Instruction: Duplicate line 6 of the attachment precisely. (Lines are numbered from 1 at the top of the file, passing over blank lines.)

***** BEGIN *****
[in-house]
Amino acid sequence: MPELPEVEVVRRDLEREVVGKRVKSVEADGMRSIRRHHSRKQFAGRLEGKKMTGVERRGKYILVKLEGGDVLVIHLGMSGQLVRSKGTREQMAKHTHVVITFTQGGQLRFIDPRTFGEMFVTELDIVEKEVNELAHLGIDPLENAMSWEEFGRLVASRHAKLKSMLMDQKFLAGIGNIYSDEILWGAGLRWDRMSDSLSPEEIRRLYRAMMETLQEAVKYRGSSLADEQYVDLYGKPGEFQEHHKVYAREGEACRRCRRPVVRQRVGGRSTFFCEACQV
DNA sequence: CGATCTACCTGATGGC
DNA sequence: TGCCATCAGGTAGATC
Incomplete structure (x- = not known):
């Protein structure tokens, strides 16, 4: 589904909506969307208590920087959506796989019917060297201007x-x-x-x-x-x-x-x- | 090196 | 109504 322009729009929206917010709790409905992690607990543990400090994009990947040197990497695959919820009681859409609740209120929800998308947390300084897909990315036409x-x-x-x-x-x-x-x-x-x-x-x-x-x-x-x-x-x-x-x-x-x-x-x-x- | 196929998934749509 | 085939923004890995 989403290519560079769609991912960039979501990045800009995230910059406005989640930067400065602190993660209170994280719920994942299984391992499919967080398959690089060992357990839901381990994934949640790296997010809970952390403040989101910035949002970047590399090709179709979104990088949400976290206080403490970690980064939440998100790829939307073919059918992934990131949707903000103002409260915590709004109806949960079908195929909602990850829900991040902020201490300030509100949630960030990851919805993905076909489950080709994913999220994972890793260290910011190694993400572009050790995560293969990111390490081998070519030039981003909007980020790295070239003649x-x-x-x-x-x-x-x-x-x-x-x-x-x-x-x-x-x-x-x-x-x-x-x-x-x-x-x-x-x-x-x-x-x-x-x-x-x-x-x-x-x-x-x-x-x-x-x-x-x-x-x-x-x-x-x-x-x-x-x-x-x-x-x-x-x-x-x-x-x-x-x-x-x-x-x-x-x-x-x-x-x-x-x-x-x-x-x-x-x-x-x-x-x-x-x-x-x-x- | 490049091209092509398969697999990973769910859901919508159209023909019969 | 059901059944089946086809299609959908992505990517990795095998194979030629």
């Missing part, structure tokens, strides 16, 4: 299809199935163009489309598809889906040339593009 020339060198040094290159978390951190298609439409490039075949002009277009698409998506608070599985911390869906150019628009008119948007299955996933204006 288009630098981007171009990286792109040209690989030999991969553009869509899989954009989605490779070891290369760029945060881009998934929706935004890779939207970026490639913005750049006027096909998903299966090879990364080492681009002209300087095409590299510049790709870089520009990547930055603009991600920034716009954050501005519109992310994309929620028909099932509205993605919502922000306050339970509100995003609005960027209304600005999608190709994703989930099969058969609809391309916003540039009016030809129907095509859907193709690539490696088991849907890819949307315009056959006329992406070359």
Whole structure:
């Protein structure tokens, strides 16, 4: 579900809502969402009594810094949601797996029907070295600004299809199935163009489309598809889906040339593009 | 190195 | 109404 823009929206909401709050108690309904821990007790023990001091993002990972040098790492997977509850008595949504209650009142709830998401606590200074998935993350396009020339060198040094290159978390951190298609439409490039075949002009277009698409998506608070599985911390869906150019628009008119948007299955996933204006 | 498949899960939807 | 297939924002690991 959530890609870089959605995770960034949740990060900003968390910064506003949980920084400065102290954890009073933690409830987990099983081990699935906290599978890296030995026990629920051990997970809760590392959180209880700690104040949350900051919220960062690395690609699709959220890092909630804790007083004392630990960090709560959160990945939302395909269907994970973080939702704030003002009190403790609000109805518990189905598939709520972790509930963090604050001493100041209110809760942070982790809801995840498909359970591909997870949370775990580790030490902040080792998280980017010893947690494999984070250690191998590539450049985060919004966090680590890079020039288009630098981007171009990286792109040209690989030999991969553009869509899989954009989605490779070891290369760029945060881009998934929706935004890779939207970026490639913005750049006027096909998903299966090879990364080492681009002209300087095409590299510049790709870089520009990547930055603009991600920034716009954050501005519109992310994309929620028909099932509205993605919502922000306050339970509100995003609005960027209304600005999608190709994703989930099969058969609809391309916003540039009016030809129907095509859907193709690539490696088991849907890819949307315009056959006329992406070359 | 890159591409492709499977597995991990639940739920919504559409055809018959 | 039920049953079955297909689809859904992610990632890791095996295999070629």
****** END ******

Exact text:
């Protein structure tokens, strides 16, 4: 589904909506969307208590920087959506796989019917060297201007x-x-x-x-x-x-x-x- | 090196 | 109504 322009729009929206917010709790409905992690607990543990400090994009990947040197990497695959919820009681859409609740209120929800998308947390300084897909990315036409x-x-x-x-x-x-x-x-x-x-x-x-x-x-x-x-x-x-x-x-x-x-x-x-x- | 196929998934749509 | 085939923004890995 989403290519560079769609991912960039979501990045800009995230910059406005989640930067400065602190993660209170994280719920994942299984391992499919967080398959690089060992357990839901381990994934949640790296997010809970952390403040989101910035949002970047590399090709179709979104990088949400976290206080403490970690980064939440998100790829939307073919059918992934990131949707903000103002409260915590709004109806949960079908195929909602990850829900991040902020201490300030509100949630960030990851919805993905076909489950080709994913999220994972890793260290910011190694993400572009050790995560293969990111390490081998070519030039981003909007980020790295070239003649x-x-x-x-x-x-x-x-x-x-x-x-x-x-x-x-x-x-x-x-x-x-x-x-x-x-x-x-x-x-x-x-x-x-x-x-x-x-x-x-x-x-x-x-x-x-x-x-x-x-x-x-x-x-x-x-x-x-x-x-x-x-x-x-x-x-x-x-x-x-x-x-x-x-x-x-x-x-x-x-x-x-x-x-x-x-x-x-x-x-x-x-x-x-x-x-x-x-x- | 490049091209092509398969697999990973769910859901919508159209023909019969 | 059901059944089946086809299609959908992505990517990795095998194979030629």